A Sawzall looks like a robotic arm—or at least, forearm. A slender blade is attached to a bulky body. A Sawzall does pretty much what its name promises: saws everything—wood, metal, even concrete if you have the correct blade. It is crude, but incisive.

What makes the Sawzall different from a table saw, circular saw, and chain saw—indeed, what makes it neoclassic—is that it is the only mobile mechanical adaptation of the crosscut motion. The crosscut technique, in its most pedestrian manifestation, is that of the standard handsaw—a basic drawing back and forth motion that has been used from the time Vikings built their warships up until today, when Boy Scouts cut lengths of wood for birdhouses. The more romantic image of a crosscutting saw is of a two-man lumberjack team ripping a long blade back and forth, a handle at each end.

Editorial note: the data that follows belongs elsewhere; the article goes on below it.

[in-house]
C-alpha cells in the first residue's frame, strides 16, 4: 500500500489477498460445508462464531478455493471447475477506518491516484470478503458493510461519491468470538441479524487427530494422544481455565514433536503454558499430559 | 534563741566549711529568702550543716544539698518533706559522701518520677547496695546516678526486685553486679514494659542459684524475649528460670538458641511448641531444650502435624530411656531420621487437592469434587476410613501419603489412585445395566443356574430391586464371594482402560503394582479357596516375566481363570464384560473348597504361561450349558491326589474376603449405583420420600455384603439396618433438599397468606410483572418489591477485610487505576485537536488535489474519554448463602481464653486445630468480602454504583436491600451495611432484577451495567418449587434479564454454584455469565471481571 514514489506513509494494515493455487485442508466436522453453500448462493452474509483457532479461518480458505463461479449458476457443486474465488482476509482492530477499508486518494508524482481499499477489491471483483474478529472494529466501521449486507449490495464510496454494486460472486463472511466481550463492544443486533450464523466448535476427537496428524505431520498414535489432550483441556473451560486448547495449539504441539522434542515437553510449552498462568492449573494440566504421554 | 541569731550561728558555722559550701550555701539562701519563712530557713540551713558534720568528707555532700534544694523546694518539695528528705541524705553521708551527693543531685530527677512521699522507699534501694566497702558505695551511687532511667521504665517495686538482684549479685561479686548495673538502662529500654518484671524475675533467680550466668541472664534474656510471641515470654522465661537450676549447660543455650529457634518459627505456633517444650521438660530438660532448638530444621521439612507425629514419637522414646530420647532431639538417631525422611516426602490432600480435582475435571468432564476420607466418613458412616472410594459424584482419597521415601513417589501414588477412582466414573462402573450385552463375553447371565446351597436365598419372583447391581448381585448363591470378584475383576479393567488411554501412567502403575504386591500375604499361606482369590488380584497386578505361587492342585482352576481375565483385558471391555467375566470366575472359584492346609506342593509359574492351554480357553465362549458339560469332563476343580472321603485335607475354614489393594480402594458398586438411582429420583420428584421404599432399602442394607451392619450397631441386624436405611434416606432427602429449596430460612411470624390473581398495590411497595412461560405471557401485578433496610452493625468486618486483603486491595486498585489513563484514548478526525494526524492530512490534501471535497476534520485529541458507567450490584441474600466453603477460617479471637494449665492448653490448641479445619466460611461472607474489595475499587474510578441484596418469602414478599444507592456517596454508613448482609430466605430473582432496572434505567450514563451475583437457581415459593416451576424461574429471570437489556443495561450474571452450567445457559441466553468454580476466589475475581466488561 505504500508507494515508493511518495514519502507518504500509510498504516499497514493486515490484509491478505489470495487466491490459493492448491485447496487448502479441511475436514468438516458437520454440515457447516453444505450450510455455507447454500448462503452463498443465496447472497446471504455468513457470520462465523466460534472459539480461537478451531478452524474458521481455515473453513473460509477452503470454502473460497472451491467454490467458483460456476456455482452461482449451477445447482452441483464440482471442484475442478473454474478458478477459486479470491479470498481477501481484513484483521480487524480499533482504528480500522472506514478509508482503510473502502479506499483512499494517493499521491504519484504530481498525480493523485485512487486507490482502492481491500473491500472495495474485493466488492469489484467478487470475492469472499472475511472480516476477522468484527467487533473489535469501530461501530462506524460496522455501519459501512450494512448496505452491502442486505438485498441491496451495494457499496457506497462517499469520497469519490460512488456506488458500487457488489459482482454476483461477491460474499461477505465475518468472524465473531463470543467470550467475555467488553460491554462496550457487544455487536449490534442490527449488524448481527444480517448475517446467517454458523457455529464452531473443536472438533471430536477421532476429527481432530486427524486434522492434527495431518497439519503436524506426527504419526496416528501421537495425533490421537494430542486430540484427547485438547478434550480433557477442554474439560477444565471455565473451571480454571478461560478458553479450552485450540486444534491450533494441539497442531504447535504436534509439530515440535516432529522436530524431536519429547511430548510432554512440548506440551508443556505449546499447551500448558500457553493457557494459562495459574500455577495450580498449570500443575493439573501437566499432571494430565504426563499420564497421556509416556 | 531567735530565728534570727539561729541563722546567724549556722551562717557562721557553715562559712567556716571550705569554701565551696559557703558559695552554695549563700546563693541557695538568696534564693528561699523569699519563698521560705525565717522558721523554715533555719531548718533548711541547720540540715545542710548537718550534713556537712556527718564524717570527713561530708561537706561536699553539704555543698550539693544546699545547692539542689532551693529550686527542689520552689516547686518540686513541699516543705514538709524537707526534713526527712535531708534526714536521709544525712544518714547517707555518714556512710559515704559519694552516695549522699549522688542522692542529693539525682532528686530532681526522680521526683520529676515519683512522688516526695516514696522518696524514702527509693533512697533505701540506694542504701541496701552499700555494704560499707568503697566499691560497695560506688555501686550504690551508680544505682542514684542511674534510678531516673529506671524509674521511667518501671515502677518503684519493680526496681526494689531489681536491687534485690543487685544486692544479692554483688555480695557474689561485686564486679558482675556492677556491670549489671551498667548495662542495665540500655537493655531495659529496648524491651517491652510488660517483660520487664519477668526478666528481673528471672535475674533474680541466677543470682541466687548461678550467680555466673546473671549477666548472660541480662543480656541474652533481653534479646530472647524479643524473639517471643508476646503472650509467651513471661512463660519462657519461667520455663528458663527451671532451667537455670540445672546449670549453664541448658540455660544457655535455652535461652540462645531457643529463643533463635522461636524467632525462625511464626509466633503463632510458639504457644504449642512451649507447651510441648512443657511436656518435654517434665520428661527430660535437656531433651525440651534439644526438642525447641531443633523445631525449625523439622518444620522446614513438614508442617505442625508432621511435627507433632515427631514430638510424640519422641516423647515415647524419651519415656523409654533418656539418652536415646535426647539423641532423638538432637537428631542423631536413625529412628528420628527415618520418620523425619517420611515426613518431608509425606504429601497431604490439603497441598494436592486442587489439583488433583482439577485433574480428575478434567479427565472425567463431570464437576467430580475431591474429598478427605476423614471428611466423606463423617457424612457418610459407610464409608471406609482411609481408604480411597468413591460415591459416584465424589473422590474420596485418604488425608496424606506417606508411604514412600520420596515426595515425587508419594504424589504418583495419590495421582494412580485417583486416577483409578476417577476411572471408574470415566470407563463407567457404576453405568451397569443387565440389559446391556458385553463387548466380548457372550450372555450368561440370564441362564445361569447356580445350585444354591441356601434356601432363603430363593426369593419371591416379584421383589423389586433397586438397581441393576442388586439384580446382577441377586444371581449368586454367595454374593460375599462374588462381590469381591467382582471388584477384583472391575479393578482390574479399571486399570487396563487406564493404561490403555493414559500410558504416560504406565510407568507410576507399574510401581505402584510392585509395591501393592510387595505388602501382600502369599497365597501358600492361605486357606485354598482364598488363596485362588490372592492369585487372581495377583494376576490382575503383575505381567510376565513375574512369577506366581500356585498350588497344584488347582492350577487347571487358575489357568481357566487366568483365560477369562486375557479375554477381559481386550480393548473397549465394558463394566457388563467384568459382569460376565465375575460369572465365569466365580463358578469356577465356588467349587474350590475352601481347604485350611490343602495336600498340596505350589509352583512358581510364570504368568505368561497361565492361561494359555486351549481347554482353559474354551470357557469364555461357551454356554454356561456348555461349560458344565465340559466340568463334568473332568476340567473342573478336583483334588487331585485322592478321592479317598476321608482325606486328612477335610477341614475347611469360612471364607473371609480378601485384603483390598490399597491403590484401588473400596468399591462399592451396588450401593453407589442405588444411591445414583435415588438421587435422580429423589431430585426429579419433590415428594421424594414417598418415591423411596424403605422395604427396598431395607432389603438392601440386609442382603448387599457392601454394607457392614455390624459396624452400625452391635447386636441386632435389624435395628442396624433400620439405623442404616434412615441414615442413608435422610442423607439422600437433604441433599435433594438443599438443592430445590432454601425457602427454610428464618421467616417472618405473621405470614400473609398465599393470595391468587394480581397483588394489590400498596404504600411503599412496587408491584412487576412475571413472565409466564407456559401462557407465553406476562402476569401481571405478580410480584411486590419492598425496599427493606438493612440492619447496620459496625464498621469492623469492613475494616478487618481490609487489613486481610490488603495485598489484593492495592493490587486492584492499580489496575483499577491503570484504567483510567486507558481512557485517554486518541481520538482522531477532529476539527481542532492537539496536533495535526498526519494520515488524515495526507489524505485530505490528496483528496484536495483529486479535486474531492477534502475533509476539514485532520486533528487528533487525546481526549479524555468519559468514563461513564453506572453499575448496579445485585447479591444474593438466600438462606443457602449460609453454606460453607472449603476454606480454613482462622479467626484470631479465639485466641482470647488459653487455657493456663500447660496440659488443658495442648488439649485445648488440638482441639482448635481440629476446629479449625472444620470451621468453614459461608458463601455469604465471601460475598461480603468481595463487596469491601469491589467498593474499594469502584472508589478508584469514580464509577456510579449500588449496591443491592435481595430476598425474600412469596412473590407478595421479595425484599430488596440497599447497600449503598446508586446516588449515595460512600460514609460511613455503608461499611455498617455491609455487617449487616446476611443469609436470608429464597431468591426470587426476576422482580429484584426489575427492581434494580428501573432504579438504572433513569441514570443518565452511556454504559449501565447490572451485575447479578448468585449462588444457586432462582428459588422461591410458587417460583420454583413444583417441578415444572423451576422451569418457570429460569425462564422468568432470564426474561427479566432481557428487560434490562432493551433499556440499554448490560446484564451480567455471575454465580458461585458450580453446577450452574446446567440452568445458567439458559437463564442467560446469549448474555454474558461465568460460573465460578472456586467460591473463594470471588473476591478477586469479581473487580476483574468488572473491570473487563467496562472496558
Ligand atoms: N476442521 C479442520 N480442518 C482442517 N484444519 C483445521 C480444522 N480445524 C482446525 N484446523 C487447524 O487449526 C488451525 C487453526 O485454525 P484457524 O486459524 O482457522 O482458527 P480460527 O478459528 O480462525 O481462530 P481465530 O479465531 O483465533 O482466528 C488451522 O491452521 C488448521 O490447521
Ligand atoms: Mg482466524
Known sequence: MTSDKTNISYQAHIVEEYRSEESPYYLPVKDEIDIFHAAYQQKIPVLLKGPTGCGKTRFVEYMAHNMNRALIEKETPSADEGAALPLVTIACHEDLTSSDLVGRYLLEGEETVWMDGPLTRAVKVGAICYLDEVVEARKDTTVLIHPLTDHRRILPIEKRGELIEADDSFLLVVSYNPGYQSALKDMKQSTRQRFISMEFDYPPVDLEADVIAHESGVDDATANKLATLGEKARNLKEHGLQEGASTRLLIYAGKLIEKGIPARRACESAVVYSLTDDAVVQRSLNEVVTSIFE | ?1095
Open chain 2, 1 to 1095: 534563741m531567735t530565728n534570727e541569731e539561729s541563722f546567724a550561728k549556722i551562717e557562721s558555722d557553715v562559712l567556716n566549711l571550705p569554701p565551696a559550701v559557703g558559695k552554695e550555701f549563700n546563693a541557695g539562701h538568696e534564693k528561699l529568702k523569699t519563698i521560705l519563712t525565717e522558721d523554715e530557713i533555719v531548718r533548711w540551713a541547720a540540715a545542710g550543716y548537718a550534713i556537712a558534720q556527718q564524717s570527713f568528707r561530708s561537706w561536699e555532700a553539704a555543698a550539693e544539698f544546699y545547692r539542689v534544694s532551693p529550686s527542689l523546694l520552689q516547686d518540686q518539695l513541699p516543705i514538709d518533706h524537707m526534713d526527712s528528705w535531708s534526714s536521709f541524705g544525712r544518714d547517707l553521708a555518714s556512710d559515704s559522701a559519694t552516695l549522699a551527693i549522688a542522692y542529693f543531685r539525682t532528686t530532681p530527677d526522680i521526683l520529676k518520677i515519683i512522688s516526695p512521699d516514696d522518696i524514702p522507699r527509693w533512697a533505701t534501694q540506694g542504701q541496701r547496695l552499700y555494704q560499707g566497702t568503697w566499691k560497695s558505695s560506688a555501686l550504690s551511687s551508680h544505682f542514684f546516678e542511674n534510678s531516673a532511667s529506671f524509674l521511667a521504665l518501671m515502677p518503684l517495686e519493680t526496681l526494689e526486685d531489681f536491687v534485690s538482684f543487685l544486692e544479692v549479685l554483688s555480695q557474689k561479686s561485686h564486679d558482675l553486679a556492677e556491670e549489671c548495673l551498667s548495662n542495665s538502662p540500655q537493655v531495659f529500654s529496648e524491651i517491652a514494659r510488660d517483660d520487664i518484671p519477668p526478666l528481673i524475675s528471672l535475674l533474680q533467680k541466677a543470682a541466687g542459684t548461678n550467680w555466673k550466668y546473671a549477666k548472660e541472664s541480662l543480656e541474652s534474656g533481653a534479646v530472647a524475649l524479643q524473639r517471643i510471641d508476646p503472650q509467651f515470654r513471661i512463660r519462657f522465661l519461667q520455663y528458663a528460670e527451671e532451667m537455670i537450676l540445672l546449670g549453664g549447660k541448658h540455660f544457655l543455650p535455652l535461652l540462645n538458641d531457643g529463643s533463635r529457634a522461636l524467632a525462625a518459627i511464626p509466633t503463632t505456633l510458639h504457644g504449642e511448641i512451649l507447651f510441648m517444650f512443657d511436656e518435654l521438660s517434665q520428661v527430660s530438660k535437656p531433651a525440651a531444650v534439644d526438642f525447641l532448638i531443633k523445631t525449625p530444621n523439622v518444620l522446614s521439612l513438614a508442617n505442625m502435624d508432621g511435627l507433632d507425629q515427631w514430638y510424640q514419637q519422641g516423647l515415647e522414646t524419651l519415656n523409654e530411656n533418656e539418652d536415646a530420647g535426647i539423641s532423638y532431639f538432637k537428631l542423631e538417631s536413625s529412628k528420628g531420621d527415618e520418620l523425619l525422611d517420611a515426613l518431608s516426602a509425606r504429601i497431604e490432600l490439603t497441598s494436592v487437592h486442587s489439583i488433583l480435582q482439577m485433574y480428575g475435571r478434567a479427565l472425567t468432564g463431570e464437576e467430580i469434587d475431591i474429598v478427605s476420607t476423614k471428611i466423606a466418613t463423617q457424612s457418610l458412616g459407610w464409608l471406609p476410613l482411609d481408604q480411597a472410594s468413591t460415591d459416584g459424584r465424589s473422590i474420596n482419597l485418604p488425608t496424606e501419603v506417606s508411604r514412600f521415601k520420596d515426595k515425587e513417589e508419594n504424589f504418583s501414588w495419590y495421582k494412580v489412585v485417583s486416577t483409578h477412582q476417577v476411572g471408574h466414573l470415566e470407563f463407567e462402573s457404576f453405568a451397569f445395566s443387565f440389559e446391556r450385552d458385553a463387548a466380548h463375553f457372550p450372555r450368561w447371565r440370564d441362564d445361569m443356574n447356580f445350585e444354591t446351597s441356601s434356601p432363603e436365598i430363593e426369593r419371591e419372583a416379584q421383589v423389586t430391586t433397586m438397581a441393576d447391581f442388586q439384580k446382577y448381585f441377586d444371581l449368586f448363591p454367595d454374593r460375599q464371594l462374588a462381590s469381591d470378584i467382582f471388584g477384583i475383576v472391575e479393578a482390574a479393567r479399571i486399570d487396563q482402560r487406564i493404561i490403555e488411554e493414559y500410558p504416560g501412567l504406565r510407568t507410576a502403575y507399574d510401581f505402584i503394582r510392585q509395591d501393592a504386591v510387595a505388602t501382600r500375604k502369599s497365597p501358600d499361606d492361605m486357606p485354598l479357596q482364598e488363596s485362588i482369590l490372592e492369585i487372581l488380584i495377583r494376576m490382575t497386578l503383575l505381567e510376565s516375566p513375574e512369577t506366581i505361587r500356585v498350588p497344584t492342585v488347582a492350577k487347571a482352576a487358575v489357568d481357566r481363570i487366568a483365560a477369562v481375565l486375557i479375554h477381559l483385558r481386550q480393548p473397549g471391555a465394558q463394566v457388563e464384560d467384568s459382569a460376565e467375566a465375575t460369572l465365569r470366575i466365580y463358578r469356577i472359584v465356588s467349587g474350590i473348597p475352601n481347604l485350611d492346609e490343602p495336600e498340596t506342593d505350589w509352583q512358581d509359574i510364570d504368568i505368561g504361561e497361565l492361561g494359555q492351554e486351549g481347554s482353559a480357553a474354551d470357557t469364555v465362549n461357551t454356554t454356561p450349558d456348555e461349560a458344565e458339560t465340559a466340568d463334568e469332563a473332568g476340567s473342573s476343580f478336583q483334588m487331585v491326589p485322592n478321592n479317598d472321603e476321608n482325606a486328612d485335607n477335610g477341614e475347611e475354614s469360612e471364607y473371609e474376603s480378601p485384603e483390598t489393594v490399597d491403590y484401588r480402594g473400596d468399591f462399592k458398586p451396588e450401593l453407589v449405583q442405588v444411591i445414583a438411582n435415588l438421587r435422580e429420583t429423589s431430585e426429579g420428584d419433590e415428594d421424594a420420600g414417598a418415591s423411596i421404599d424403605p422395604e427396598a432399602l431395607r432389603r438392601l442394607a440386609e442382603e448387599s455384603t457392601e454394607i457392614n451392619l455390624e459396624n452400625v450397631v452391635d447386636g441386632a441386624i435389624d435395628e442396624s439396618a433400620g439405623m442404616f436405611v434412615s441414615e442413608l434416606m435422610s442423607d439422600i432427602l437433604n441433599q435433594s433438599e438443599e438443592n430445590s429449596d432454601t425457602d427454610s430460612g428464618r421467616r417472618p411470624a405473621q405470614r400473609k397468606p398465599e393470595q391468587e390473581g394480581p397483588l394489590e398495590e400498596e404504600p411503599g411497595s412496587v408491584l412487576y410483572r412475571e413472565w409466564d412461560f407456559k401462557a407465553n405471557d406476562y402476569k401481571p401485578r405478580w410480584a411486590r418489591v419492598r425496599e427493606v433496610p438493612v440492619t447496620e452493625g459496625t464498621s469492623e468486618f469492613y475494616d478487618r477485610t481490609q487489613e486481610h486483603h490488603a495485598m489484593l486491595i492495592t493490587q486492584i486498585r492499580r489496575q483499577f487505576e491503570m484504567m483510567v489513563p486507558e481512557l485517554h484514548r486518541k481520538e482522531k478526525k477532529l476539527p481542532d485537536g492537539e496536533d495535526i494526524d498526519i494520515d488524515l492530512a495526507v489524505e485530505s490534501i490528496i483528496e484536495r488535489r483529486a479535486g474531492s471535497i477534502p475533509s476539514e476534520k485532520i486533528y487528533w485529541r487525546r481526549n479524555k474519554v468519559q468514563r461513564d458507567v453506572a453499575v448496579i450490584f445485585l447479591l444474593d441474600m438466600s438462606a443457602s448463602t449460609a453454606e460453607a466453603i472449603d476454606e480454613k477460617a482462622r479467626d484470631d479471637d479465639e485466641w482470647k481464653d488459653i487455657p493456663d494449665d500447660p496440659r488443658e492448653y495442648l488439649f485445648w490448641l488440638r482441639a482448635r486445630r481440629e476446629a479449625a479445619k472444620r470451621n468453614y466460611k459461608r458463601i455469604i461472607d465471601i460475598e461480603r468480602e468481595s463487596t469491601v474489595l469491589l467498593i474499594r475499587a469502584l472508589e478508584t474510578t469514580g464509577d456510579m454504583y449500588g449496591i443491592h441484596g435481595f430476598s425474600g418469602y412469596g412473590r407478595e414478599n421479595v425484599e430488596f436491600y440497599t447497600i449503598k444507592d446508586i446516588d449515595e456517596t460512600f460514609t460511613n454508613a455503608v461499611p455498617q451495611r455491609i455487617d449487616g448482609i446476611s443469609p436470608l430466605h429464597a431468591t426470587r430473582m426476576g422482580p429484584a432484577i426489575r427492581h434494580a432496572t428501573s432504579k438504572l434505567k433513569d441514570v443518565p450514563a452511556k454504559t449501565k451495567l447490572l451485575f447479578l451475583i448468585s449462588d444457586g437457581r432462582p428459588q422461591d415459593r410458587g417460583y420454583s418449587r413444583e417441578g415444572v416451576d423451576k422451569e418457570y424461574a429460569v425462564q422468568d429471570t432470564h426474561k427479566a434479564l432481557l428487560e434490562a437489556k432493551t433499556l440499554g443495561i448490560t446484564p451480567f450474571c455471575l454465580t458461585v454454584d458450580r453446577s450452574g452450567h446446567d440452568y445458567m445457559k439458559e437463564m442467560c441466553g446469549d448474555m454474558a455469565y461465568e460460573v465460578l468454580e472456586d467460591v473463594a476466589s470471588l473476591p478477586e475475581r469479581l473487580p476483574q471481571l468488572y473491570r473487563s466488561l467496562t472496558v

We hope you enjoy this excerpt.

To read the full piece, please visit our store to purchase a copy of the magazine.

—Phil Busse

Phil Busse left the Portland Mercury after six years as the managing editor to start up the Northwest Institute, a summer program to teach college students about how arts and the media can bring about social change. He also recently completed his home-remodel with all fingers and limbs intact.

News on Facebook Photos on Instagram Stuff on Pinterest Announcements by RSS Sounds on Soundcloud Exclusives on Tumblr Updates on Twitter

Subscribe to our mailing list